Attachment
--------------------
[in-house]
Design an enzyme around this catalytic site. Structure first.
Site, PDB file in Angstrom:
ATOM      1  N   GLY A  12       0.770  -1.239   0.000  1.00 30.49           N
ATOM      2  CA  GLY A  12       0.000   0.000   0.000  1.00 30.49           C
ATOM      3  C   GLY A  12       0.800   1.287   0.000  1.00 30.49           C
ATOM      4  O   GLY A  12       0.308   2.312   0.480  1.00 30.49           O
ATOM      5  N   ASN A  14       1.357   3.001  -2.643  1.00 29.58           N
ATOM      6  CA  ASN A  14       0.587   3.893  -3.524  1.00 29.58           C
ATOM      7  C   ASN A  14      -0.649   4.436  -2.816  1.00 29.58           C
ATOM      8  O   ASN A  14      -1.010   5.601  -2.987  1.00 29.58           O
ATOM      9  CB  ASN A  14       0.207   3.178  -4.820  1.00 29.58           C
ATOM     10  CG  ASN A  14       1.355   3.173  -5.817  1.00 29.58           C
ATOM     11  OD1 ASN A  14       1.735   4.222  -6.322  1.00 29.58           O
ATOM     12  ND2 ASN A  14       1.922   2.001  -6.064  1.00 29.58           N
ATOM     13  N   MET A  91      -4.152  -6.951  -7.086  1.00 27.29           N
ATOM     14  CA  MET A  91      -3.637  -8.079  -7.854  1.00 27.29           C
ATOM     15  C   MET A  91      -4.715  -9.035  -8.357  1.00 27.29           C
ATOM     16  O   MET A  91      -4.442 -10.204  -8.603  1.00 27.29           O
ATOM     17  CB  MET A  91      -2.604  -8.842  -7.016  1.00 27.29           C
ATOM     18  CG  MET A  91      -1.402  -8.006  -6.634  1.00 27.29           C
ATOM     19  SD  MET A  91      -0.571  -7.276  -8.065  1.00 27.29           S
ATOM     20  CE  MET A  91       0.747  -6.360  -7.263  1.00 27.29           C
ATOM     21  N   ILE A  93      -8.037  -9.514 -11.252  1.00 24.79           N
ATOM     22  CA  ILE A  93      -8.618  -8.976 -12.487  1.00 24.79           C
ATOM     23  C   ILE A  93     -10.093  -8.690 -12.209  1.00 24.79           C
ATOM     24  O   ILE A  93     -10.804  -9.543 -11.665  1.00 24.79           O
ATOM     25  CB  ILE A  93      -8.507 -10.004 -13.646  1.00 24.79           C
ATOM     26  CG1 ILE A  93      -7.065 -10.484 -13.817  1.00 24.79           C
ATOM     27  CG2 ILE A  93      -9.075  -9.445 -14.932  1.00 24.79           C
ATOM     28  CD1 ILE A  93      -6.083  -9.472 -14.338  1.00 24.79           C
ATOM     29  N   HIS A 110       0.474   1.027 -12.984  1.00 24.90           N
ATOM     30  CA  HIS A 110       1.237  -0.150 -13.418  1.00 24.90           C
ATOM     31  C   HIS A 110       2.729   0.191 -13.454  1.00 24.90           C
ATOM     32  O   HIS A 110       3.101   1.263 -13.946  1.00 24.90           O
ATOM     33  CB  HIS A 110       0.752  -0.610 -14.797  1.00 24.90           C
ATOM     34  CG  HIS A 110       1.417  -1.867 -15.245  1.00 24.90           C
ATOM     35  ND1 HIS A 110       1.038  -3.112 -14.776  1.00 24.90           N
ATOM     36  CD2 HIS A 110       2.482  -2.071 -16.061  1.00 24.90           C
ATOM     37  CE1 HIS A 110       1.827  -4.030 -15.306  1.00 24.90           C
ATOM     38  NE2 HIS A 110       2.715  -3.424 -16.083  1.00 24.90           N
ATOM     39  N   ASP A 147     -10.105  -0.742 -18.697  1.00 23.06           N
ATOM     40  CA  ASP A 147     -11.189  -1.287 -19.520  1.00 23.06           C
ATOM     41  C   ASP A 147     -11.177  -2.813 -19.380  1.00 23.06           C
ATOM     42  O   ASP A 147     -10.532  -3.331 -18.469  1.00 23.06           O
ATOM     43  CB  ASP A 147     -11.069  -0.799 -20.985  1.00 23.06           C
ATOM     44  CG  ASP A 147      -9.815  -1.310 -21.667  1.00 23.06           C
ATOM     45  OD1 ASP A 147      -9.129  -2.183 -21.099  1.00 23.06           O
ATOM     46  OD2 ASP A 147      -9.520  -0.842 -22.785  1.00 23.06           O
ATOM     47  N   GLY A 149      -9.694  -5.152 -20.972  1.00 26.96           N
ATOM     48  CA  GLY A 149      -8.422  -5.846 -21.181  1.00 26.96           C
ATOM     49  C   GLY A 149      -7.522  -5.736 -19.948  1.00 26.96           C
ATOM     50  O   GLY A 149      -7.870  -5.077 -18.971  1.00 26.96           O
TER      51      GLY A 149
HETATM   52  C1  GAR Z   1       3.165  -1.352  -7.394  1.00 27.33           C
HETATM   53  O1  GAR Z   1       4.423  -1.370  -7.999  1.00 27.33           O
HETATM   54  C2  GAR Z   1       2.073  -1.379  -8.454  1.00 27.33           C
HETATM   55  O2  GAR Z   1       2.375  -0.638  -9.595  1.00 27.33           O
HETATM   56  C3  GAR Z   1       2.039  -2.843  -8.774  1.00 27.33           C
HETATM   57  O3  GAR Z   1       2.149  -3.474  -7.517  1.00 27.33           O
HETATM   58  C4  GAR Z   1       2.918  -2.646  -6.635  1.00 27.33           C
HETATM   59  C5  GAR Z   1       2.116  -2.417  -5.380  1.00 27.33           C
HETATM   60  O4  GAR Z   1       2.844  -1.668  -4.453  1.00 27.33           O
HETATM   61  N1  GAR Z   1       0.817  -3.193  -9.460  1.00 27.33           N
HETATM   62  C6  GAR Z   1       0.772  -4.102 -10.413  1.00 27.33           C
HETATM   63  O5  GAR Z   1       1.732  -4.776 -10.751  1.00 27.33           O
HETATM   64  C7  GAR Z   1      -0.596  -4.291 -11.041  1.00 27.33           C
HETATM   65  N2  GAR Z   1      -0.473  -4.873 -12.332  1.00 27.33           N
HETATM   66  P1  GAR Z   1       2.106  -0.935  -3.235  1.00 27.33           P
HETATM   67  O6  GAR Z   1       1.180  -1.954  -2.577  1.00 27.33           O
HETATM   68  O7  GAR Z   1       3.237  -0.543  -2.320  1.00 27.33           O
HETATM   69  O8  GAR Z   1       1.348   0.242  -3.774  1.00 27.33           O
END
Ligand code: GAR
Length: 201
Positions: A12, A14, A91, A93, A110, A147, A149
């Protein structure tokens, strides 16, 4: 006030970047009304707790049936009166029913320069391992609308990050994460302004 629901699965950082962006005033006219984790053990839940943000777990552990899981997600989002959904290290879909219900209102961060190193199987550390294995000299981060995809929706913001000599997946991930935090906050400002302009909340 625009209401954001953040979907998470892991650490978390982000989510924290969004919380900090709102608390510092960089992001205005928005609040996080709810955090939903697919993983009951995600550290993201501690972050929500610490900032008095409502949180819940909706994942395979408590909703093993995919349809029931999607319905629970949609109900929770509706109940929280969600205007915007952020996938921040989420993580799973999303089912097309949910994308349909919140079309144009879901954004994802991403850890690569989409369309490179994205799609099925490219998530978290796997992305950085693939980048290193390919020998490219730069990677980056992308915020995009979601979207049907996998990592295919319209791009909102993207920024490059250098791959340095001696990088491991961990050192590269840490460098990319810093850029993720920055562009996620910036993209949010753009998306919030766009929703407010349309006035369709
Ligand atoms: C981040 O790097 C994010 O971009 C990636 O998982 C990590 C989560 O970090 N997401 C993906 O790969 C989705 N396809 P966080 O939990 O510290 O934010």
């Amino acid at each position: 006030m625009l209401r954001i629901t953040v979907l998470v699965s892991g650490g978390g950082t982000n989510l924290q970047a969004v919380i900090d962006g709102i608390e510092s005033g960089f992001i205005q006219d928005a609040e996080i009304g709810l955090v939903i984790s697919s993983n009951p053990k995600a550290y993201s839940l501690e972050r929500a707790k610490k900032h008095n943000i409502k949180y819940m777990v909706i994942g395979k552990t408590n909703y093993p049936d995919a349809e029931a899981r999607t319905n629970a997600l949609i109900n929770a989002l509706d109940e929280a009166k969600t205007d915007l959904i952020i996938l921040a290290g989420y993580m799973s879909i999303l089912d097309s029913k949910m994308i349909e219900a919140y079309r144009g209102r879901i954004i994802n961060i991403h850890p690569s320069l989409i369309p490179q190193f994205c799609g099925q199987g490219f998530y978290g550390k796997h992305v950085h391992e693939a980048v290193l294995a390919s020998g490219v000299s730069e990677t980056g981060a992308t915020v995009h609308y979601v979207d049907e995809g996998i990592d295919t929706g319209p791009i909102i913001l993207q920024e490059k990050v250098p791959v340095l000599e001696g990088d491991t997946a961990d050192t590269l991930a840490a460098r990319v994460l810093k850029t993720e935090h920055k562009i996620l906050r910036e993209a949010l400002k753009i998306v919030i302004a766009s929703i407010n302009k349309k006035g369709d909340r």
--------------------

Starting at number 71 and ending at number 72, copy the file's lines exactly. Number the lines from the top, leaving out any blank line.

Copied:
HETATM   68  O7  GAR Z   1       3.237  -0.543  -2.320  1.00 27.33           O
HETATM   69  O8  GAR Z   1       1.348   0.242  -3.774  1.00 27.33           O